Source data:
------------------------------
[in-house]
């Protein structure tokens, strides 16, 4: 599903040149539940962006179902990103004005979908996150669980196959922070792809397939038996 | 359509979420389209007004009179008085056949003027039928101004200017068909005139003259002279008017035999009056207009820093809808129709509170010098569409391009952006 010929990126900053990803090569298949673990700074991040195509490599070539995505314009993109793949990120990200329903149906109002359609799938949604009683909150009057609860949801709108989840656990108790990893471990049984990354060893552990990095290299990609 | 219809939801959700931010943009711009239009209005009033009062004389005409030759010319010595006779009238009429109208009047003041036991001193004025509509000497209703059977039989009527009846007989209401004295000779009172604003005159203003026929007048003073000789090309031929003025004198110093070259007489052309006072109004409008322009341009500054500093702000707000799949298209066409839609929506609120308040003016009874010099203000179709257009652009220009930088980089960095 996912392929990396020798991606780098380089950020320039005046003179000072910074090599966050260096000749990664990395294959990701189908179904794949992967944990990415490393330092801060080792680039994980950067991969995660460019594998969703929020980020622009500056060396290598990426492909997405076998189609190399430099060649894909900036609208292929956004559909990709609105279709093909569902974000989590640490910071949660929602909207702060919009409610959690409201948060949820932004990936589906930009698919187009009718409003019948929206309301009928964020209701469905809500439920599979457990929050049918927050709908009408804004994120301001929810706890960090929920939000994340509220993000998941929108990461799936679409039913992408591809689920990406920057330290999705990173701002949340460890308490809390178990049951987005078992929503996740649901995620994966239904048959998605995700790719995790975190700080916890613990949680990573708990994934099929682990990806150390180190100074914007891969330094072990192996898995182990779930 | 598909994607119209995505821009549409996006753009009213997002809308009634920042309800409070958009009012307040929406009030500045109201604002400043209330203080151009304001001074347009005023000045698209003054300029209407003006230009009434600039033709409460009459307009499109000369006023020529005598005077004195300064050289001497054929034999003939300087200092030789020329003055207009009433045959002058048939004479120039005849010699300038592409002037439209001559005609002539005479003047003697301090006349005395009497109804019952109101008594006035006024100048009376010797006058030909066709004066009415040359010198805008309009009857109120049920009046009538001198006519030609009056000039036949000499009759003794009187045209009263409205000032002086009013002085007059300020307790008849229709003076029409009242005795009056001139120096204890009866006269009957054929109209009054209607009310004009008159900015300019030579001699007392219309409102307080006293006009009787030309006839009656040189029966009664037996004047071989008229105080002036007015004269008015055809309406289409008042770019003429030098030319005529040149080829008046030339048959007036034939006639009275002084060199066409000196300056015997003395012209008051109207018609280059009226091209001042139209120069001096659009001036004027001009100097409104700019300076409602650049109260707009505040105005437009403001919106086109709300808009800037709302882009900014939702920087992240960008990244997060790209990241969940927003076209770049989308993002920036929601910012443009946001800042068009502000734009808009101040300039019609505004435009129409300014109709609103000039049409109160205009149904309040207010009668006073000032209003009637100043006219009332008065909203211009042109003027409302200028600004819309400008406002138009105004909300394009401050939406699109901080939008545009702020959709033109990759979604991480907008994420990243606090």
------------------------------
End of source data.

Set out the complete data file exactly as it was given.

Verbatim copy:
[in-house]
């Protein structure tokens, strides 16, 4: 599903040149539940962006179902990103004005979908996150669980196959922070792809397939038996 | 359509979420389209007004009179008085056949003027039928101004200017068909005139003259002279008017035999009056207009820093809808129709509170010098569409391009952006 010929990126900053990803090569298949673990700074991040195509490599070539995505314009993109793949990120990200329903149906109002359609799938949604009683909150009057609860949801709108989840656990108790990893471990049984990354060893552990990095290299990609 | 219809939801959700931010943009711009239009209005009033009062004389005409030759010319010595006779009238009429109208009047003041036991001193004025509509000497209703059977039989009527009846007989209401004295000779009172604003005159203003026929007048003073000789090309031929003025004198110093070259007489052309006072109004409008322009341009500054500093702000707000799949298209066409839609929506609120308040003016009874010099203000179709257009652009220009930088980089960095 996912392929990396020798991606780098380089950020320039005046003179000072910074090599966050260096000749990664990395294959990701189908179904794949992967944990990415490393330092801060080792680039994980950067991969995660460019594998969703929020980020622009500056060396290598990426492909997405076998189609190399430099060649894909900036609208292929956004559909990709609105279709093909569902974000989590640490910071949660929602909207702060919009409610959690409201948060949820932004990936589906930009698919187009009718409003019948929206309301009928964020209701469905809500439920599979457990929050049918927050709908009408804004994120301001929810706890960090929920939000994340509220993000998941929108990461799936679409039913992408591809689920990406920057330290999705990173701002949340460890308490809390178990049951987005078992929503996740649901995620994966239904048959998605995700790719995790975190700080916890613990949680990573708990994934099929682990990806150390180190100074914007891969330094072990192996898995182990779930 | 598909994607119209995505821009549409996006753009009213997002809308009634920042309800409070958009009012307040929406009030500045109201604002400043209330203080151009304001001074347009005023000045698209003054300029209407003006230009009434600039033709409460009459307009499109000369006023020529005598005077004195300064050289001497054929034999003939300087200092030789020329003055207009009433045959002058048939004479120039005849010699300038592409002037439209001559005609002539005479003047003697301090006349005395009497109804019952109101008594006035006024100048009376010797006058030909066709004066009415040359010198805008309009009857109120049920009046009538001198006519030609009056000039036949000499009759003794009187045209009263409205000032002086009013002085007059300020307790008849229709003076029409009242005795009056001139120096204890009866006269009957054929109209009054209607009310004009008159900015300019030579001699007392219309409102307080006293006009009787030309006839009656040189029966009664037996004047071989008229105080002036007015004269008015055809309406289409008042770019003429030098030319005529040149080829008046030339048959007036034939006639009275002084060199066409000196300056015997003395012209008051109207018609280059009226091209001042139209120069001096659009001036004027001009100097409104700019300076409602650049109260707009505040105005437009403001919106086109709300808009800037709302882009900014939702920087992240960008990244997060790209990241969940927003076209770049989308993002920036929601910012443009946001800042068009502000734009808009101040300039019609505004435009129409300014109709609103000039049409109160205009149904309040207010009668006073000032209003009637100043006219009332008065909203211009042109003027409302200028600004819309400008406002138009105004909300394009401050939406699109901080939008545009702020959709033109990759979604991480907008994420990243606090």